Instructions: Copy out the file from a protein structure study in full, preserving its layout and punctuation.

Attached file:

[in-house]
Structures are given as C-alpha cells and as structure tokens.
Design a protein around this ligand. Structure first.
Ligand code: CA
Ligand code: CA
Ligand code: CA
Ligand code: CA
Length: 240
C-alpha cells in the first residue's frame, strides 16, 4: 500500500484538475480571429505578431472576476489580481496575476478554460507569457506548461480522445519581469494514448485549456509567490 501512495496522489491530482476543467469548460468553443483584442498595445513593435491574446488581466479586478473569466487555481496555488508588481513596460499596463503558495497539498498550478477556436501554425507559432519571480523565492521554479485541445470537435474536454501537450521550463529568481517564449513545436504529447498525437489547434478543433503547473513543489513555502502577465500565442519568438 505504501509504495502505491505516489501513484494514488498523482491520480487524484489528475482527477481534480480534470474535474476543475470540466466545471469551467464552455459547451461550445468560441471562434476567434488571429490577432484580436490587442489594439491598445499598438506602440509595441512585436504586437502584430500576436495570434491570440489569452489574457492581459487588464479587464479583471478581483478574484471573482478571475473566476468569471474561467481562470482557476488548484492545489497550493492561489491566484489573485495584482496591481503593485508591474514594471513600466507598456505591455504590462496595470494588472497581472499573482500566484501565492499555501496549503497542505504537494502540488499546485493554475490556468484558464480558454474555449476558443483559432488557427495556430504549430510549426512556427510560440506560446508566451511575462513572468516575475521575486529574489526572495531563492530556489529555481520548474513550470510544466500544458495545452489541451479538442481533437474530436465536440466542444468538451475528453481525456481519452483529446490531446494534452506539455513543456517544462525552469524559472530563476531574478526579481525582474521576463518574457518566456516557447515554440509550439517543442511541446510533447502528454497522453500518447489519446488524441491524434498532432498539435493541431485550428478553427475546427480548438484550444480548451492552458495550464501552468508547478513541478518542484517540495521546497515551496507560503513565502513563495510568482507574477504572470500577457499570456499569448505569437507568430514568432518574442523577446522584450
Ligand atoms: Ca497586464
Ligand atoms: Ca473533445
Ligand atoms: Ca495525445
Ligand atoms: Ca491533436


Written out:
[in-house]
Structures are given as C-alpha cells and as structure tokens.
Design a protein around this ligand. Structure first.
Ligand code: CA
Ligand code: CA
Ligand code: CA
Ligand code: CA
Length: 240
C-alpha cells in the first residue's frame, strides 16, 4: 500500500484538475480571429505578431472576476489580481496575476478554460507569457506548461480522445519581469494514448485549456509567490 501512495496522489491530482476543467469548460468553443483584442498595445513593435491574446488581466479586478473569466487555481496555488508588481513596460499596463503558495497539498498550478477556436501554425507559432519571480523565492521554479485541445470537435474536454501537450521550463529568481517564449513545436504529447498525437489547434478543433503547473513543489513555502502577465500565442519568438 505504501509504495502505491505516489501513484494514488498523482491520480487524484489528475482527477481534480480534470474535474476543475470540466466545471469551467464552455459547451461550445468560441471562434476567434488571429490577432484580436490587442489594439491598445499598438506602440509595441512585436504586437502584430500576436495570434491570440489569452489574457492581459487588464479587464479583471478581483478574484471573482478571475473566476468569471474561467481562470482557476488548484492545489497550493492561489491566484489573485495584482496591481503593485508591474514594471513600466507598456505591455504590462496595470494588472497581472499573482500566484501565492499555501496549503497542505504537494502540488499546485493554475490556468484558464480558454474555449476558443483559432488557427495556430504549430510549426512556427510560440506560446508566451511575462513572468516575475521575486529574489526572495531563492530556489529555481520548474513550470510544466500544458495545452489541451479538442481533437474530436465536440466542444468538451475528453481525456481519452483529446490531446494534452506539455513543456517544462525552469524559472530563476531574478526579481525582474521576463518574457518566456516557447515554440509550439517543442511541446510533447502528454497522453500518447489519446488524441491524434498532432498539435493541431485550428478553427475546427480548438484550444480548451492552458495550464501552468508547478513541478518542484517540495521546497515551496507560503513565502513563495510568482507574477504572470500577457499570456499569448505569437507568430514568432518574442523577446522584450
Ligand atoms: Ca497586464
Ligand atoms: Ca473533445
Ligand atoms: Ca495525445
Ligand atoms: Ca491533436